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Ostsol
02-19-2003, 07:41 PM
I've been using ATI_vertex_array_object all this time, but have finally decided that I should also be supporting other hardware. I'm just wondering about a few points regarding standard OpenGL vertex arrays. . .

First is with regard to where the data is stored. According to the specs, the vertex data is stored in client memory (meaning the vid card). However, looking at how vertex arrays are used, it appears that each frame one must call glVertexPointer, glColorPointer, etc, or glInterleavedArray. These methods receive a pointer to arrays of data in system memory. Thus, how is it that the data is stored in video memory if the data must always be in system memory as well? Does one merely call glVertexPointer, etc, or glInterleavedArray during initialisation and then just render the vertices via glDrawElements (or whatever) each frame?

JONSKI
02-19-2003, 07:59 PM
First is with regard to where the data is stored. According to the specs, the vertex data is stored in client memory (meaning the vid card).
Not necessarily true. What you are thinking of is Compiled Vertex Arrays (CVA). You do this by using an extension such as "GL_EXT_compiled_vertex_array". Without this, your vertex data is held in system memory.


However, looking at how vertex arrays are used, it appears that each frame one must call glVertexPointer, glColorPointer, etc, or glInterleavedArray.
Not true. As you may know, OpenGL is a state machine and when you call these functions you will be altering it's state, which only differs between Rendering Contexts (RC). Simply call your gl*Pointer() function once to tell OpenGL as to where vertex data is.


Thus, how is it that the data is stored in video memory if the data must always be in system memory as well?When using CVA the data is stored in both system memory and video memory. If you wish to change your vertex array data, then you must first unlock the data. Unlocking the data tells the video card that the data it stores locally may have been changed and requires validation (although it probably simply discards all local data). When you Lock the data, this tells the video card that the data will not be changed, so that it may be stored locally.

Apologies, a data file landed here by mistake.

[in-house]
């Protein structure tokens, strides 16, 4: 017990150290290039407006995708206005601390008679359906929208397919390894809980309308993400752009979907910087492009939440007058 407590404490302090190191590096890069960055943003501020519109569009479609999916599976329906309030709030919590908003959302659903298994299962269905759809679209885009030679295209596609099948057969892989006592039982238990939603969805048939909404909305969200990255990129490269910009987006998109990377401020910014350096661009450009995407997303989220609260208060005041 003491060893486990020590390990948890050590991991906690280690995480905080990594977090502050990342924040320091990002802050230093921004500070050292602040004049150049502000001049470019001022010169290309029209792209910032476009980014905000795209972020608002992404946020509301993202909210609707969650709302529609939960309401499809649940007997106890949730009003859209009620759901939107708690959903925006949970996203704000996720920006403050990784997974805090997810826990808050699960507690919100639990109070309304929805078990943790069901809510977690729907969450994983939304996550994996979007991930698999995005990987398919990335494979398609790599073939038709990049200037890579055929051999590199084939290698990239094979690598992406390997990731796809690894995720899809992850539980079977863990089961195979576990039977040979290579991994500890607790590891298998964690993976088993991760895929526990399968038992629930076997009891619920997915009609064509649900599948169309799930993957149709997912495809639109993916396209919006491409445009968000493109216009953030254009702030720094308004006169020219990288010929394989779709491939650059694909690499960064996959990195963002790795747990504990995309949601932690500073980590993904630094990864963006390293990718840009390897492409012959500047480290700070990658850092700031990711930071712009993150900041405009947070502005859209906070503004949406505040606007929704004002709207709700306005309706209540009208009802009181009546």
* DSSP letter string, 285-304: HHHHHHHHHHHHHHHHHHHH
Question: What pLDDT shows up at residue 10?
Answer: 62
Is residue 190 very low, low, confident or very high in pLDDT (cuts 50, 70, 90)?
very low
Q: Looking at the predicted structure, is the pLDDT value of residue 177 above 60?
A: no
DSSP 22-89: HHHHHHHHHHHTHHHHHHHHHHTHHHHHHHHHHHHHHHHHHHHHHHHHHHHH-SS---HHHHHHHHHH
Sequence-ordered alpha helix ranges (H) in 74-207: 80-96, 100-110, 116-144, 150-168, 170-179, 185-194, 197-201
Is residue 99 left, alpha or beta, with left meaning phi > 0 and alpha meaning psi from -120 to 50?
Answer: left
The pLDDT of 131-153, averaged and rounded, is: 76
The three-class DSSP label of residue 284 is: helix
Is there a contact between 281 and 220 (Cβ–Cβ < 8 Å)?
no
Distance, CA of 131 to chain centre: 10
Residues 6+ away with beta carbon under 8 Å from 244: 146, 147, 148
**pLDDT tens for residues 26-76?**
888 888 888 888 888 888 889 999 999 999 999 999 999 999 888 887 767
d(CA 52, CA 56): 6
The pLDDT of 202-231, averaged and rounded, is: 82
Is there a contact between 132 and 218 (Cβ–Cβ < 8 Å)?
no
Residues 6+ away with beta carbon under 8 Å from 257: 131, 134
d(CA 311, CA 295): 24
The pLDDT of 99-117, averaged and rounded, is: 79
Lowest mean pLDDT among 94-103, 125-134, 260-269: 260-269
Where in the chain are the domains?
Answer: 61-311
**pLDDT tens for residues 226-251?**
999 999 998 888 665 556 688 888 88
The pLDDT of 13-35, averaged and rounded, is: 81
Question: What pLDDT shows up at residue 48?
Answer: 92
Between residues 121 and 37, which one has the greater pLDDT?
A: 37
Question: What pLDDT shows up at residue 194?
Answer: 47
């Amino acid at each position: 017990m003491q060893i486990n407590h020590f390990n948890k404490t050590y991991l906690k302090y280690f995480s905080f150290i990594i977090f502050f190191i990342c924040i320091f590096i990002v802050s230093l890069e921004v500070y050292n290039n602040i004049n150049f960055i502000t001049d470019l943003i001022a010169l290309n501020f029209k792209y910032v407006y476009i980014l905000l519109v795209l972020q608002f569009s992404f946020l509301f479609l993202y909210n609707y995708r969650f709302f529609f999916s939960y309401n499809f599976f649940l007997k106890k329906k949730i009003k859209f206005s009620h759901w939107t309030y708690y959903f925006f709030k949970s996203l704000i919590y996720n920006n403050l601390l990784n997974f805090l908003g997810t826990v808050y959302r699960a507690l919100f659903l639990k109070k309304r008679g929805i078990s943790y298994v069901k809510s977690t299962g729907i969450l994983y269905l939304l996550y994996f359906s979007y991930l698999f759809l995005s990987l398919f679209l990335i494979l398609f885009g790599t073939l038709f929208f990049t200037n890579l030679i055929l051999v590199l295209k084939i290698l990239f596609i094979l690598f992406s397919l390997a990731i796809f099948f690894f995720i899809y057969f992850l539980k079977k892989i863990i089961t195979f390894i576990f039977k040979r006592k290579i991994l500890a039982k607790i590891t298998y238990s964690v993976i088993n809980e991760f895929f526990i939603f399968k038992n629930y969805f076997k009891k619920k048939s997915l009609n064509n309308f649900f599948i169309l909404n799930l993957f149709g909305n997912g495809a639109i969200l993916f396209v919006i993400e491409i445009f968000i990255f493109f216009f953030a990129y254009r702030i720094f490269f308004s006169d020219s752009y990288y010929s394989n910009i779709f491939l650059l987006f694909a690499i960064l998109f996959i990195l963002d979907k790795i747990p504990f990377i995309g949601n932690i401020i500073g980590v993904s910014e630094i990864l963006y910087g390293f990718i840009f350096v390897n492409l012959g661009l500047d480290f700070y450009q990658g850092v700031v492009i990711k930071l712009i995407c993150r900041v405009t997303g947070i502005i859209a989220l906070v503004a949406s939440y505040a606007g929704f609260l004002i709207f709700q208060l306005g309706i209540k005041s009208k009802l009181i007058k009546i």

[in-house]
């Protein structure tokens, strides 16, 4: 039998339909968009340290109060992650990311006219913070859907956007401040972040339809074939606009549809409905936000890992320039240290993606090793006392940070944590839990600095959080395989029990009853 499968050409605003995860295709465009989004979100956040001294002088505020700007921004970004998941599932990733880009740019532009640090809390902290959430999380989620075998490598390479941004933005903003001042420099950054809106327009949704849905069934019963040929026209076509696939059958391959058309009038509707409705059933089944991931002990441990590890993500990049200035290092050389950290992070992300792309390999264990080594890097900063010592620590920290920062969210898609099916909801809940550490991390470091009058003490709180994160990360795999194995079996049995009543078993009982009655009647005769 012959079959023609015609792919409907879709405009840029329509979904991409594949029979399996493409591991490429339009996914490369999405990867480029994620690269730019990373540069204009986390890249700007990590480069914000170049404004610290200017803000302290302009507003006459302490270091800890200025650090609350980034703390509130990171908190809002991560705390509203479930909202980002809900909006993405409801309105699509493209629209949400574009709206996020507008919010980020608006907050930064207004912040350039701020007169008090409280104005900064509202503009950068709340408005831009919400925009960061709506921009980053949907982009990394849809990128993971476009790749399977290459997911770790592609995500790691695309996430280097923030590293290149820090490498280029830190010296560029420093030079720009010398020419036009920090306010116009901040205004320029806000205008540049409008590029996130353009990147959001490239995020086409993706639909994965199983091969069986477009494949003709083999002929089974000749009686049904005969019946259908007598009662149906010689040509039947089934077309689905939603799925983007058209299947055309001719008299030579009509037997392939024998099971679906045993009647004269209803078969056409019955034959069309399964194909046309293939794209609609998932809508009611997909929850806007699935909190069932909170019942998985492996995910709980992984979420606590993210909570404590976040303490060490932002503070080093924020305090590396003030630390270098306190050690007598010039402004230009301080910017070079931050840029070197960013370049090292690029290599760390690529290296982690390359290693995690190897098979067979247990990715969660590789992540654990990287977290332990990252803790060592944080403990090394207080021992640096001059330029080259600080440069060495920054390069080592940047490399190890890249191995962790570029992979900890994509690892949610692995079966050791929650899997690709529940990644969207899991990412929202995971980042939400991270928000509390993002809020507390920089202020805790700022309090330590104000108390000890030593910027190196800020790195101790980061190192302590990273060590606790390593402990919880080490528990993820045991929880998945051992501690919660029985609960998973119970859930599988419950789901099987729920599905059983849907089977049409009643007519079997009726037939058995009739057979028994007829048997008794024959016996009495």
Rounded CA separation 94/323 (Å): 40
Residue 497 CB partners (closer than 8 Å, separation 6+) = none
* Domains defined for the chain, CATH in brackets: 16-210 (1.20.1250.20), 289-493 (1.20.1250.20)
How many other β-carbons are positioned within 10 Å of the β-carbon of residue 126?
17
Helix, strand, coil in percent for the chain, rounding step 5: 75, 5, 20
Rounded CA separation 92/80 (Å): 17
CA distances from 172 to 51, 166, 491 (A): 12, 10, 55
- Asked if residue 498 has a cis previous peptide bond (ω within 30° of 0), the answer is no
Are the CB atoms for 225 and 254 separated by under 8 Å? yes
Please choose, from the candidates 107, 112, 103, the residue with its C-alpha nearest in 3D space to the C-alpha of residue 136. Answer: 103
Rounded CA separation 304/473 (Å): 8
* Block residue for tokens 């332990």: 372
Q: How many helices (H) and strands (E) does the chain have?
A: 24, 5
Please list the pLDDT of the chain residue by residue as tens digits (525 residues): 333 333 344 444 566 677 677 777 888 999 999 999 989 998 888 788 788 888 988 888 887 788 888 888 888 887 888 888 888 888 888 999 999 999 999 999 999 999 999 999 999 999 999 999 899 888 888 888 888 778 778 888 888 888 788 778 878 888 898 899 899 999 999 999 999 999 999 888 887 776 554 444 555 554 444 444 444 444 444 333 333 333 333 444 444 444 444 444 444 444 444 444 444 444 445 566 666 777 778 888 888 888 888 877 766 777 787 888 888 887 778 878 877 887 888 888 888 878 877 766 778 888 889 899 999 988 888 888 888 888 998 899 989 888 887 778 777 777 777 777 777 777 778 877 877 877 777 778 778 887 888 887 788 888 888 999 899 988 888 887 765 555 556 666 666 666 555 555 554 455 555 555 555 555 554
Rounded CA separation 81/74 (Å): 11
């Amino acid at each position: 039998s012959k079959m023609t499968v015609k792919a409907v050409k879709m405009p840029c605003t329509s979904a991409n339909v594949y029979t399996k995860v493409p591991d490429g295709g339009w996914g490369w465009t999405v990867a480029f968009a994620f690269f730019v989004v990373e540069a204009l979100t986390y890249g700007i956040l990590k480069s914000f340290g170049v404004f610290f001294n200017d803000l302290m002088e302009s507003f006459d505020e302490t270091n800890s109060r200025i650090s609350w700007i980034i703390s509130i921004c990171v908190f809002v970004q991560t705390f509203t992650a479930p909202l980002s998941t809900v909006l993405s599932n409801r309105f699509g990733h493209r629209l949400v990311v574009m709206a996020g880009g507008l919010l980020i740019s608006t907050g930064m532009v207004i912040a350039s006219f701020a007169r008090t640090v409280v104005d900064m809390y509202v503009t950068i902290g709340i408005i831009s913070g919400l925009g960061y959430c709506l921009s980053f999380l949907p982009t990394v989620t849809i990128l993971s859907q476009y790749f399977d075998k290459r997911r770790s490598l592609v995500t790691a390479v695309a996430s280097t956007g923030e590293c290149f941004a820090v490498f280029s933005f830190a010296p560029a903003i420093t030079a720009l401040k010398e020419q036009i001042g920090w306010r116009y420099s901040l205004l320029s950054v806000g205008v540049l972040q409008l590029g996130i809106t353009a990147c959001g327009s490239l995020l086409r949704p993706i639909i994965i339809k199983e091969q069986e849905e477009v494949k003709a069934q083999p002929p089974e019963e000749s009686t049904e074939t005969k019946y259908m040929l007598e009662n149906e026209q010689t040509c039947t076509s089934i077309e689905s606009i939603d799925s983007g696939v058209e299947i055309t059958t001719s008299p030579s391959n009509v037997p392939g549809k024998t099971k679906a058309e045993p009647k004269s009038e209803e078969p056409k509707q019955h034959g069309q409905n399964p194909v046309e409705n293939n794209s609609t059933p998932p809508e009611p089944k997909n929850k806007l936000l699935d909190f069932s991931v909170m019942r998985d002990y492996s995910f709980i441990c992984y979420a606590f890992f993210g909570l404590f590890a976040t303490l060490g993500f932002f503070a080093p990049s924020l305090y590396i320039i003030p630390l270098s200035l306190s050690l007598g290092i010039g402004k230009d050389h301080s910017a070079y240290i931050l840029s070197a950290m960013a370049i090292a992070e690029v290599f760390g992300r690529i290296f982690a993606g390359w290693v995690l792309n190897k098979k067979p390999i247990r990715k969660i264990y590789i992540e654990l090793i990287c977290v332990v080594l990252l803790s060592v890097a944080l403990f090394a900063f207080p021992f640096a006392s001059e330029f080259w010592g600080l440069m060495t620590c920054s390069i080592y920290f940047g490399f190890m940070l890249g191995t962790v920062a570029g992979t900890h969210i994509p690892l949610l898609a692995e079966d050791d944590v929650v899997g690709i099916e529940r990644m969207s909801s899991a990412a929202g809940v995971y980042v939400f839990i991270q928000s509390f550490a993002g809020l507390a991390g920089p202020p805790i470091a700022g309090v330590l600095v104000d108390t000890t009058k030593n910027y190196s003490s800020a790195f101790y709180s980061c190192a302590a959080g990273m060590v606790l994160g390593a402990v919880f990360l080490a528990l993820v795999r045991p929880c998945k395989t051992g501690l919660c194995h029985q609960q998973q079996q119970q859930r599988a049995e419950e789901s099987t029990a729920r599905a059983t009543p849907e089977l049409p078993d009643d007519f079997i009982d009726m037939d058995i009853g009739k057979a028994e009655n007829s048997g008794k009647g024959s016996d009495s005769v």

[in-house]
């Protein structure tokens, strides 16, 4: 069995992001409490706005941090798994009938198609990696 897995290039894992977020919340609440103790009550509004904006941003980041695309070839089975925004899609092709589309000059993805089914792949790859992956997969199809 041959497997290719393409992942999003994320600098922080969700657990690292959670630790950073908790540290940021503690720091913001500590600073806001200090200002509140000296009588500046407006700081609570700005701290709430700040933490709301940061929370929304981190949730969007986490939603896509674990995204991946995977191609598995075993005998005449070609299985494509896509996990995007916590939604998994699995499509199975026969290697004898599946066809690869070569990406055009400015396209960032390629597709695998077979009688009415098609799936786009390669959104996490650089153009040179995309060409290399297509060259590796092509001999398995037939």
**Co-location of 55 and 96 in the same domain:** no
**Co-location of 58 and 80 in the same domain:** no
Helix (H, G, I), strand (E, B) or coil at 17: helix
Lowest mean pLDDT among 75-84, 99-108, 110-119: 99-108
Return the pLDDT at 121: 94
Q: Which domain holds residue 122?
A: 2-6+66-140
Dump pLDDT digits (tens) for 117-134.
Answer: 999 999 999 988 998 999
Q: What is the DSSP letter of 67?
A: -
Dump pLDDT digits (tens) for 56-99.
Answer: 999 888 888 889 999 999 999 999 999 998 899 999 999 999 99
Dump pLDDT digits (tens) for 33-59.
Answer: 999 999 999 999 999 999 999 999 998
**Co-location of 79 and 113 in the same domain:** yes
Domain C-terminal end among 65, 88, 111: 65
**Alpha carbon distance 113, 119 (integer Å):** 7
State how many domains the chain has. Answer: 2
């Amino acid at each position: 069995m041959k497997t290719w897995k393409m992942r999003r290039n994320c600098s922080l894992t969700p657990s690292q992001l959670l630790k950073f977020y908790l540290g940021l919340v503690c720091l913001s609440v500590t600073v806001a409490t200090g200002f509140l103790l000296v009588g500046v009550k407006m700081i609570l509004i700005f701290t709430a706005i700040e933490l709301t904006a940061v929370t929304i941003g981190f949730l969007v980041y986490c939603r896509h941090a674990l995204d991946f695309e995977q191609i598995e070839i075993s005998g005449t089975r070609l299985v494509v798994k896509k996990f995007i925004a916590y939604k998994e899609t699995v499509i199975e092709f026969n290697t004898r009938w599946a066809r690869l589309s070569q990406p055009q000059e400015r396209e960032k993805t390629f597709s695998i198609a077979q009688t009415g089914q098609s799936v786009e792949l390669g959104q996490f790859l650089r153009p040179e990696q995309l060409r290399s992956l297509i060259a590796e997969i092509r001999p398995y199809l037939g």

Does one merely call glVertexPointer, etc, or glInterleavedArray during initialisation and then just render the vertices via glDrawElements (or whatever) each frame?
That's how I do it.

Mazy
02-20-2003, 12:04 AM
Just to clearify - the client in this case is the system, and thus the system memory, and the server is the gfx card ( if we can make such a distinction on a pc)

so vanilla vertexarrays stays in system memory and are transfered every time you use them.

knackered
02-20-2003, 01:01 AM
Originally posted by JONSKI:
Does one merely call glVertexPointer, etc, or glInterleavedArray during initialisation and then just render the vertices via glDrawElements (or whatever) each frame?
That's how I do it.

Then your scene must have only 65536 vertices in, if it were to run on most cards.

zeckensack
02-20-2003, 03:36 AM
Hi Ostsol,

as already stated, client memory is system memory. So just point your gl*Pointer calls to your vertices (prolly an array of structs). That's it, then you can start calling glDrawElements.

Ostsol
02-20-2003, 04:27 AM
Ah, thanks! I'll look up compiled arrays!

AdrianD
02-20-2003, 04:35 AM
Originally posted by Ostsol:
Ah, thanks! I'll look up compiled arrays!

be careful when you are using them. not all vertex format are accelerated (see nvidiasdk- performanceFAQ). usually, there is at least acceleration for the vertexformat used in quake3... http://www.opengl.org/discussion_boards/ubb/wink.gif

[This message has been edited by AdrianD (edited 02-20-2003).]

Ostsol
02-20-2003, 06:23 AM
Hmm. . . I'm using an ATI card. . . Will the info in the NVSDK still apply?

Tom Nuydens
02-20-2003, 06:34 AM
That performance FAQ AdrianD referred to is over two years old and incredibly outdated. NVIDIA took it off their site for this very reason.

Apart from things like memory usage and data alignment, I wouldn't worry too much about the impact of your vertex layout on performance.

-- Tom

dabeav
02-20-2003, 08:30 AM
Ok, someone said it is ok to call glvertexpointer once in the initialization period and then draw each frame without doing that again. Is that ok to do with Multiple meshs, as well as meshes that move each frame? Or will that not work??